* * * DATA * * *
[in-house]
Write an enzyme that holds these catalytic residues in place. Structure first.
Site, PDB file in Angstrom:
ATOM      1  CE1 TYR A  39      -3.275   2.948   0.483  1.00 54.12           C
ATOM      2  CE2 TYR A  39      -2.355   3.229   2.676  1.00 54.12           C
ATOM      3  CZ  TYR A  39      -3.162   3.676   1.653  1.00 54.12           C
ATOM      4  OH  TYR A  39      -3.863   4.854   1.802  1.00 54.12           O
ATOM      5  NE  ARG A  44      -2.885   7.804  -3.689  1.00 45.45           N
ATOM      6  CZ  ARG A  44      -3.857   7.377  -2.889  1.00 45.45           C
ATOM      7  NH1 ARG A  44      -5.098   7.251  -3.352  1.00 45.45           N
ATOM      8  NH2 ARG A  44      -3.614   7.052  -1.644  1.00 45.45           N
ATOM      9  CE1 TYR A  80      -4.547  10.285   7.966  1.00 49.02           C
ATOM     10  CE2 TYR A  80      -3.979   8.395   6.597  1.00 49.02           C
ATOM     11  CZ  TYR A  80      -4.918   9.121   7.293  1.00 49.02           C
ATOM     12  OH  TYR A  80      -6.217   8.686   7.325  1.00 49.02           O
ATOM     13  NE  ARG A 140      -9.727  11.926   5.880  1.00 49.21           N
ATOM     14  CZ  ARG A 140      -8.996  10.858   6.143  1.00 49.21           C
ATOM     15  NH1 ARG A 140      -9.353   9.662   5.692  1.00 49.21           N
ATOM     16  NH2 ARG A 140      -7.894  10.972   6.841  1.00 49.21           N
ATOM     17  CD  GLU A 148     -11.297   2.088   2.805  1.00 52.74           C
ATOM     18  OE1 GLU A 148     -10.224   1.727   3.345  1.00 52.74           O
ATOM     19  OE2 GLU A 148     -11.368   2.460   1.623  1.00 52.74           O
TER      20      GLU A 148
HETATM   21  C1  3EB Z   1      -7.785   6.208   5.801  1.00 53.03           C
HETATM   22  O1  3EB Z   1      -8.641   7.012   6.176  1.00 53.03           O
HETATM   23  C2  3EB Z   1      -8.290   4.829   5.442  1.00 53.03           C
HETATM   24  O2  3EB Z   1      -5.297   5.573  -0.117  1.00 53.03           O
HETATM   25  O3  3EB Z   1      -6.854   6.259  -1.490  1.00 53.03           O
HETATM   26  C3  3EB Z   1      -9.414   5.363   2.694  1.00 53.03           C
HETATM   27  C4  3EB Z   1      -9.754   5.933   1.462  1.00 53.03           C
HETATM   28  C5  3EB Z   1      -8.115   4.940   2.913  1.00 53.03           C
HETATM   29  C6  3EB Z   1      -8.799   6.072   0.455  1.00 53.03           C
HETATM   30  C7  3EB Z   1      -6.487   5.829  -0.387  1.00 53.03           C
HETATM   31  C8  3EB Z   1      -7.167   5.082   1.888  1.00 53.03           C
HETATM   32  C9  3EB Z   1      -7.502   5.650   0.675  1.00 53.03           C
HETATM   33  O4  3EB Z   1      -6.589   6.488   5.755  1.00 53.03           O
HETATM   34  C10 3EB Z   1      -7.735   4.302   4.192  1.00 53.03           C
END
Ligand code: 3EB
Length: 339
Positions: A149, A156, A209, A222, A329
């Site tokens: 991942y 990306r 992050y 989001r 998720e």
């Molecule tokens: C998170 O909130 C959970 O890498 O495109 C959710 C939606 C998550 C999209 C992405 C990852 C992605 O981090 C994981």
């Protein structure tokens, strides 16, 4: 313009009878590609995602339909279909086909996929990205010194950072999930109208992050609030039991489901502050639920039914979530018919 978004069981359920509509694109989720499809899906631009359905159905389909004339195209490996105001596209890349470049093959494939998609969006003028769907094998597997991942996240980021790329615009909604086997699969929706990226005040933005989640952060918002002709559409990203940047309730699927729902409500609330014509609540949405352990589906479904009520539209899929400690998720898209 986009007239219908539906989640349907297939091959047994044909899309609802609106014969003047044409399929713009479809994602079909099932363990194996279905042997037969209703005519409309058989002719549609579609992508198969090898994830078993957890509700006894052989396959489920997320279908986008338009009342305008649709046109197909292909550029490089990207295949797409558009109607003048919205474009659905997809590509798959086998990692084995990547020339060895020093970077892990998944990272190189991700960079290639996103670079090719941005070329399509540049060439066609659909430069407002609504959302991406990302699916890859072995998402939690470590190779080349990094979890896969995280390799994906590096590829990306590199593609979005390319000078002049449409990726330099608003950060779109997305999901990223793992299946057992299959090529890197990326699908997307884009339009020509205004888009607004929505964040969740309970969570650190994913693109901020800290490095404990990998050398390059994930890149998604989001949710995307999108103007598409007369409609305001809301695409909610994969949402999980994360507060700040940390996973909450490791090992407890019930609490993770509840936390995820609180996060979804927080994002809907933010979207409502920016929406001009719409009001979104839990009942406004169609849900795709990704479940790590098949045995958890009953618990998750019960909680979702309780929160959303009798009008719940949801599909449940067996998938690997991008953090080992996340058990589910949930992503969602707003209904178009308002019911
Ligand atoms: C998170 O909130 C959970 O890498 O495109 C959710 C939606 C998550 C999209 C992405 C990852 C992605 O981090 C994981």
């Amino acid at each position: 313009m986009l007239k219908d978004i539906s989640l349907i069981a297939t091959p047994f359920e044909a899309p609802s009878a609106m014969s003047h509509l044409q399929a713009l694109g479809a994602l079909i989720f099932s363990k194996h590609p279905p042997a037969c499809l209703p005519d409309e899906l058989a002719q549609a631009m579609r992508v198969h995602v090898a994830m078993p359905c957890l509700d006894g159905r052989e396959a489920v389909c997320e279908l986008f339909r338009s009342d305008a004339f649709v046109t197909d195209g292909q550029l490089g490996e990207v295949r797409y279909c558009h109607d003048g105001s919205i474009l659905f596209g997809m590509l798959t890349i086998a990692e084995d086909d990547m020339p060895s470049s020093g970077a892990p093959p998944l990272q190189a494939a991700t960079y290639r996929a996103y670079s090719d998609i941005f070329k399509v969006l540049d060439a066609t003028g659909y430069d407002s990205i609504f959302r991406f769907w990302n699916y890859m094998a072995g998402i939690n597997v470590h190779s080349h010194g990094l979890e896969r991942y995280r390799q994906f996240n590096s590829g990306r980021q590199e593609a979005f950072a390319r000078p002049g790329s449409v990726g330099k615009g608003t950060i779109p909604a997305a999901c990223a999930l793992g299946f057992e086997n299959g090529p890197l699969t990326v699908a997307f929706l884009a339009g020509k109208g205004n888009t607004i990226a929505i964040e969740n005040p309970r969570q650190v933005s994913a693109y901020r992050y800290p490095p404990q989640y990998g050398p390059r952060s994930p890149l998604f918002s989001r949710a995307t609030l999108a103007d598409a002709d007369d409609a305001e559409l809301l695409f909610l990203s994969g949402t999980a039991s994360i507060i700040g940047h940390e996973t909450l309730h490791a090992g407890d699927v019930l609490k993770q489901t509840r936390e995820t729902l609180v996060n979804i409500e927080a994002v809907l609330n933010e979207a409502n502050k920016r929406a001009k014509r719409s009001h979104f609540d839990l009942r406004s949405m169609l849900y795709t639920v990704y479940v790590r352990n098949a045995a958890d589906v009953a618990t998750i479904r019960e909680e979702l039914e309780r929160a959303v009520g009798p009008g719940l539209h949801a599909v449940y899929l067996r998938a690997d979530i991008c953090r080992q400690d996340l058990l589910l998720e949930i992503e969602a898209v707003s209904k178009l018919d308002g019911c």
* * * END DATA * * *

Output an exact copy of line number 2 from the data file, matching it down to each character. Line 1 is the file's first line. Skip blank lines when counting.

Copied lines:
Write an enzyme that holds these catalytic residues in place. Structure first.